Monday, 25 May 2020

Couple create memorial to victims of coronavirus

Couple create memorial to victims of coronavirus

A COUPLE have erected a memorial in their front garden to every victim of the coronavirus outbreak.

Mike Lelliott and Hester Casey, of Hemdean Road, Caversham, have installed a simple wooden plaque which they regularly update with the latest death toll.

They say the artwork, which Mr Lelliott decorated with plants from their garden, including forget-me-nots and a rosemary wreath, is to remind residents of the human cost of the pandemic.

It is decorated with candles and accompanied by a “rain cloud” and rainbow made of fabric which Ms Casey has hung from a tree.

This was inspired by the rainbow artworks which neighbours’ children are sticking in their front windows.

The couple are encouraging passers-by to leave flowers in a basket and have put up a plaque explaining the work. This says: “It is easy to forget these represent real people. Each had a life and would have seen sadness and sorrow, love and joy. They maybe sang and danced and saw life in all its fullness.

“Next time you see those statistics on the news, think about this small memorial in front of you.”

Mr Lelliott, 73, a retired civil engineer, says they were inspired by reports of the high death rate in New York. He said: “The figure is, sadly, always out of date as it’s constantly rising. I track it on my computer and watch the news but we’ve got so used to it that it has almost become unreal.

“They were digging these mass graves in America and saying some people wouldn’t get funerals as no one had claimed the bodies, which was a real shock.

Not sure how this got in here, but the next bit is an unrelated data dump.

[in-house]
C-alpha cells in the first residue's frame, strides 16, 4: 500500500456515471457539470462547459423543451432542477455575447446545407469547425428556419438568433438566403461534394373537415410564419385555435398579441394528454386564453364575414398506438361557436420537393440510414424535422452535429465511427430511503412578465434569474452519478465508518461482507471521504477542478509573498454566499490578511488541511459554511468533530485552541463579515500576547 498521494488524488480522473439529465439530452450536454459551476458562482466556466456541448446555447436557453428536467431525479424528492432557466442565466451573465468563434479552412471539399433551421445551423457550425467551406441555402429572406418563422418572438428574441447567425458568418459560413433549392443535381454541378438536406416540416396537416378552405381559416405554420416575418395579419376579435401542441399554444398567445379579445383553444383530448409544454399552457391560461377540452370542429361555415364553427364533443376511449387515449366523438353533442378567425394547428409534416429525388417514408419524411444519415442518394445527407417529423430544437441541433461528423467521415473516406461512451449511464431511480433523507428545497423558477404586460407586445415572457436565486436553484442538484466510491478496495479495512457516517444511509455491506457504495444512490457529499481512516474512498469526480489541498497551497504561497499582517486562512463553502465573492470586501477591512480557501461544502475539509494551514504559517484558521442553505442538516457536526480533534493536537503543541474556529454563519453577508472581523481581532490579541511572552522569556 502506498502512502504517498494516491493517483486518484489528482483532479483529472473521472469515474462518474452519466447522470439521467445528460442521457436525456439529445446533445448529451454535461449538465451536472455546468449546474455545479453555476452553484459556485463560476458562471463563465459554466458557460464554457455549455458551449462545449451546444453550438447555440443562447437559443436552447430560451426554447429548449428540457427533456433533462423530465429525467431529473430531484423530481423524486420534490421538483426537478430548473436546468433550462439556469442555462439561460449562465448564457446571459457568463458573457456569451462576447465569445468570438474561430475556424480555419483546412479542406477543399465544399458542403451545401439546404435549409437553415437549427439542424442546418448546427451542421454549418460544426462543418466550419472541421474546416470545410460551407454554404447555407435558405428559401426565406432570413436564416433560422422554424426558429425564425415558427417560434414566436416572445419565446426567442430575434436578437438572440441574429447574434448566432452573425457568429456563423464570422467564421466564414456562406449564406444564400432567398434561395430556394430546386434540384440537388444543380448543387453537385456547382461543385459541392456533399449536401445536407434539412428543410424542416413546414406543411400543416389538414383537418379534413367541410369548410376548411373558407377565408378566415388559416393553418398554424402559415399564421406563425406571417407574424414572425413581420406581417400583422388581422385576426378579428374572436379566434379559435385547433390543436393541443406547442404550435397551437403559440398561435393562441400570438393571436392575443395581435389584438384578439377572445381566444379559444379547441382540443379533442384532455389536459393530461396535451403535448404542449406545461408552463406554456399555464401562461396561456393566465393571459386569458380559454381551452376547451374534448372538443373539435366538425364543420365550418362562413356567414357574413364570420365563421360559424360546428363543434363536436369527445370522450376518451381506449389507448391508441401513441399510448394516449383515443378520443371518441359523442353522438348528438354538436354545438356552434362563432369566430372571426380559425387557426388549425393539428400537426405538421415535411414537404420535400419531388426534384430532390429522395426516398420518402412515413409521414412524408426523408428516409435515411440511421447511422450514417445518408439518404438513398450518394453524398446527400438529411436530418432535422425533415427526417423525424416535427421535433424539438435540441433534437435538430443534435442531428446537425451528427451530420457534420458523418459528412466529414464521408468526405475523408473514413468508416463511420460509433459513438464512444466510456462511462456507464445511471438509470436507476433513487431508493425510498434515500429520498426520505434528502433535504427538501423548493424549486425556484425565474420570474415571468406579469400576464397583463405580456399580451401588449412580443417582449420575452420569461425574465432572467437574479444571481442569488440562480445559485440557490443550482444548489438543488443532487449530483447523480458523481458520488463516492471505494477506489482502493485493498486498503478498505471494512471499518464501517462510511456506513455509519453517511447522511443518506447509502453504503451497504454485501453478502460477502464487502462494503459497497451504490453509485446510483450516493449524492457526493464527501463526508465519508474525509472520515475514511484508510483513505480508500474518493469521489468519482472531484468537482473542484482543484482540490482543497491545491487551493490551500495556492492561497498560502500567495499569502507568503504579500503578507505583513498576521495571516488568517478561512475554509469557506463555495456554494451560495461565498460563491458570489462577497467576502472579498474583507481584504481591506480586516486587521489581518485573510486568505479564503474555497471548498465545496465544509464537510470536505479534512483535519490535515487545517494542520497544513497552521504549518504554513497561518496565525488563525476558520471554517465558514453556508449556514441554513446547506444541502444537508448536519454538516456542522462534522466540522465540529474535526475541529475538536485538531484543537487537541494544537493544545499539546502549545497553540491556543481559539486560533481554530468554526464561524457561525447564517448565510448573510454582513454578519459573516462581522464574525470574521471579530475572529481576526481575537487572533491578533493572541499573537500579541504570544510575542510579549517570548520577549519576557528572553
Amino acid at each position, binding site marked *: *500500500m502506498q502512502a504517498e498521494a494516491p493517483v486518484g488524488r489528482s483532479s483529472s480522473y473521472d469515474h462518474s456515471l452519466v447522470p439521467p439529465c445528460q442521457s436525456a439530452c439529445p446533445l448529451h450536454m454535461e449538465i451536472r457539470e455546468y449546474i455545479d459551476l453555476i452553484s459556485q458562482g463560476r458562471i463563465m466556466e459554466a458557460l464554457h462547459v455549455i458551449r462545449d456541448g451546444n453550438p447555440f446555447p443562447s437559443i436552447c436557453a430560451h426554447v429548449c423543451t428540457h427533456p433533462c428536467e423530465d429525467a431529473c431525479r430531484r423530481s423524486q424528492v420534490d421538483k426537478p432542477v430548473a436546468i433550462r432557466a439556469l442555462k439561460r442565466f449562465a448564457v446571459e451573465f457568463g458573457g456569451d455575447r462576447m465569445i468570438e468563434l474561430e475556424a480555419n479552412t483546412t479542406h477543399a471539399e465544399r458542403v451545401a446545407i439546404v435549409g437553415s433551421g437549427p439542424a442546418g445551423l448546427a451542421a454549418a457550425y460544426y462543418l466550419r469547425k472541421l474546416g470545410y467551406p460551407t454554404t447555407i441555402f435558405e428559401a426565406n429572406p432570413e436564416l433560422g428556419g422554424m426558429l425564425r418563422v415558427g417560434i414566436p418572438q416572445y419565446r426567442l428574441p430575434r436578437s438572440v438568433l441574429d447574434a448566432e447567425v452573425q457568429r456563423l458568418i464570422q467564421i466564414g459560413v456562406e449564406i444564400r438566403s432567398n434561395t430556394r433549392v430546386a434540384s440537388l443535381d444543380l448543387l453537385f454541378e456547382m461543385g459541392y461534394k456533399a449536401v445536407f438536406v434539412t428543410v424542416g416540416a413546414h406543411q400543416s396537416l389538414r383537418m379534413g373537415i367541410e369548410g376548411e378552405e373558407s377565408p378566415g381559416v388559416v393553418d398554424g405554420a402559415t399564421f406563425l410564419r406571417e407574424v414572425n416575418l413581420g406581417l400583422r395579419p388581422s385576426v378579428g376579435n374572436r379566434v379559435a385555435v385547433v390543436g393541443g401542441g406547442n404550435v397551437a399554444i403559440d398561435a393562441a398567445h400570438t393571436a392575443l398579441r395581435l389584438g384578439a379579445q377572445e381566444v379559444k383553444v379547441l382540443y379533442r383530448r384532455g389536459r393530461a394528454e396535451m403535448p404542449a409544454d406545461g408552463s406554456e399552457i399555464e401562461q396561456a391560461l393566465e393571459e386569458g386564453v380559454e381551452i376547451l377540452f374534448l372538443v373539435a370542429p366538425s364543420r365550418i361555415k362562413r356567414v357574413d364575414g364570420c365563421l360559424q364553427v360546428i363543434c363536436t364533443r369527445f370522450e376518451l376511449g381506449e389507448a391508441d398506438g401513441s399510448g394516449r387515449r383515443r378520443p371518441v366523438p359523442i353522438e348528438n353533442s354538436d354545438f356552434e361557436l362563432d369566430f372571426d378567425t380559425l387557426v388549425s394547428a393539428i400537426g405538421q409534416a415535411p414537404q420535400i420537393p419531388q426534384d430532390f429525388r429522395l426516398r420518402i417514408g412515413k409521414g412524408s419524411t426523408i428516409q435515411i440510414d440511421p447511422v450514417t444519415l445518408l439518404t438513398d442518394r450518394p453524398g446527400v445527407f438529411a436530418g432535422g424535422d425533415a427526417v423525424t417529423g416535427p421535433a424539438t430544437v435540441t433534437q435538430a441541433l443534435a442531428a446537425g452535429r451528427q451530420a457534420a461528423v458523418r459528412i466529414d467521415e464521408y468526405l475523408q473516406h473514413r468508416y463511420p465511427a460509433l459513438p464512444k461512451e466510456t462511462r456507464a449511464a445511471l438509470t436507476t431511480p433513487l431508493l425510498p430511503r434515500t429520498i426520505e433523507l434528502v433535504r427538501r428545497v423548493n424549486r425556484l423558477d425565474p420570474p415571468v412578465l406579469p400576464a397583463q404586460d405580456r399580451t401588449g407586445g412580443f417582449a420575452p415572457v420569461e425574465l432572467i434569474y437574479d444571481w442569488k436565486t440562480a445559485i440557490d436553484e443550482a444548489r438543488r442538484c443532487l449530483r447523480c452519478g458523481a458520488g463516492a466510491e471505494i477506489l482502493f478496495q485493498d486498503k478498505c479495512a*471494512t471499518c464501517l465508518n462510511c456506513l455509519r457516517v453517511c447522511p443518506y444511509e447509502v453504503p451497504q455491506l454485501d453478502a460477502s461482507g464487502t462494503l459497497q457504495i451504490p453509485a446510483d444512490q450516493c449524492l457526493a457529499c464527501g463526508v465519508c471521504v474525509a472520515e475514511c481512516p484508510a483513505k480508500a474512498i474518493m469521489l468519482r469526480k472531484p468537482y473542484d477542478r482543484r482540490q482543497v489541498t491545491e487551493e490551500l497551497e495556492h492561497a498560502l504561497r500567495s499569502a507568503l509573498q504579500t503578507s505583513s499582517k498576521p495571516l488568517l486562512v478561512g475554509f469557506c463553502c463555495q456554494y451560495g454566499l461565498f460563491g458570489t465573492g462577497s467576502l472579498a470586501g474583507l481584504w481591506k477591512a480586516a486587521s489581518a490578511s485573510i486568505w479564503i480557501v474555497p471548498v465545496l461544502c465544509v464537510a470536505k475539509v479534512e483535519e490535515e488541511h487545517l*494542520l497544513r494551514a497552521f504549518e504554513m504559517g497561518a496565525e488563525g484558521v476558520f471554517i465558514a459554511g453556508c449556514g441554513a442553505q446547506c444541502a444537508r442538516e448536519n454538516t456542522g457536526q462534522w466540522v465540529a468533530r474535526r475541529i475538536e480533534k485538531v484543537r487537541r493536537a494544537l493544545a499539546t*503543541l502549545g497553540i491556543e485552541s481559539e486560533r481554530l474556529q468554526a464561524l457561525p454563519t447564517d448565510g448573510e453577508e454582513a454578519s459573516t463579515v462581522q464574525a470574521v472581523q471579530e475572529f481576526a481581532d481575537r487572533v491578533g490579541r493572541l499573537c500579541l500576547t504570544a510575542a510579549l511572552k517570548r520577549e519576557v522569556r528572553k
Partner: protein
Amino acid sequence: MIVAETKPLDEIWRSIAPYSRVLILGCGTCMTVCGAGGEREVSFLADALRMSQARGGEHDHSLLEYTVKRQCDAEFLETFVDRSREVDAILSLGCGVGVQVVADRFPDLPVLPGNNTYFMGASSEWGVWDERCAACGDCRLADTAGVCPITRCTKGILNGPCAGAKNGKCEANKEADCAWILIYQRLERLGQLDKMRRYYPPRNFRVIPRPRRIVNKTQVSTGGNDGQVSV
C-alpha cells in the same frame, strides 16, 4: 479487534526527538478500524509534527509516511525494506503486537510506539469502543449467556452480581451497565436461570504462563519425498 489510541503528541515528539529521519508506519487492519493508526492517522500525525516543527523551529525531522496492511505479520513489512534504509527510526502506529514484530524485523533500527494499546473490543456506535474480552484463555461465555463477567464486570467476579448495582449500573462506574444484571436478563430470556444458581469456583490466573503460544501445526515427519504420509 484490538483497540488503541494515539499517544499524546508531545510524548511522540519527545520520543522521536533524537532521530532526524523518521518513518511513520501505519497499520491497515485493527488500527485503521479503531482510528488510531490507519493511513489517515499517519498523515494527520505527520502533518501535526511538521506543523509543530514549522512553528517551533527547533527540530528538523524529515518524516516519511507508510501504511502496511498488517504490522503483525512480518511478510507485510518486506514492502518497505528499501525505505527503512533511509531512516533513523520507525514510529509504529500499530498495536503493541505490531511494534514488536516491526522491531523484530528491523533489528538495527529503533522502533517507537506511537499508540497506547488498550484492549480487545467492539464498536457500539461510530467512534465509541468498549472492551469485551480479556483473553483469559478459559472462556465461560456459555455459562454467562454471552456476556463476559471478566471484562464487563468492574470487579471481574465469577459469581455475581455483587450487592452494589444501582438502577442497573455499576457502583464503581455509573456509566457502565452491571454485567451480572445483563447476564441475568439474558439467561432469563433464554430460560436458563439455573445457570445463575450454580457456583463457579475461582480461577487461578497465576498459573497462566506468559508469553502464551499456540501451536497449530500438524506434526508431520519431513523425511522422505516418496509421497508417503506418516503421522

“Even over here, we’re saying about 500 deaths is ‘not so bad’ because it was over 900 at one stage and there’s a danger that people just become statistics.”

The memorial is the latest in a series of art installations which the couple have created over the past two years.

Previous displays have been themed around social issues including kindness, the plight of refugees and the conflict in Syria. Others have been more light-hearted, including buttons which children could press to hear a short recorded greeting from Mr Lelliott.

The couple decided to start making them after seeing something similar while on holiday in Devon.

Mr Lelliott said: “We always try to make it meaningful in some way. The first was a series of cut-out laminated fish with some thoughts on kindness and it has progressed from there on to other subjects.

“We always do something special at Easter or Hallowe’en and our neighbours have done similar things, though they don’t have the time to make them throughout the year. Each one takes me about four or five hours and Hester helps a lot. It takes a lot of work but people enjoy them and we’ve had a few notes and gifts thanking us.”

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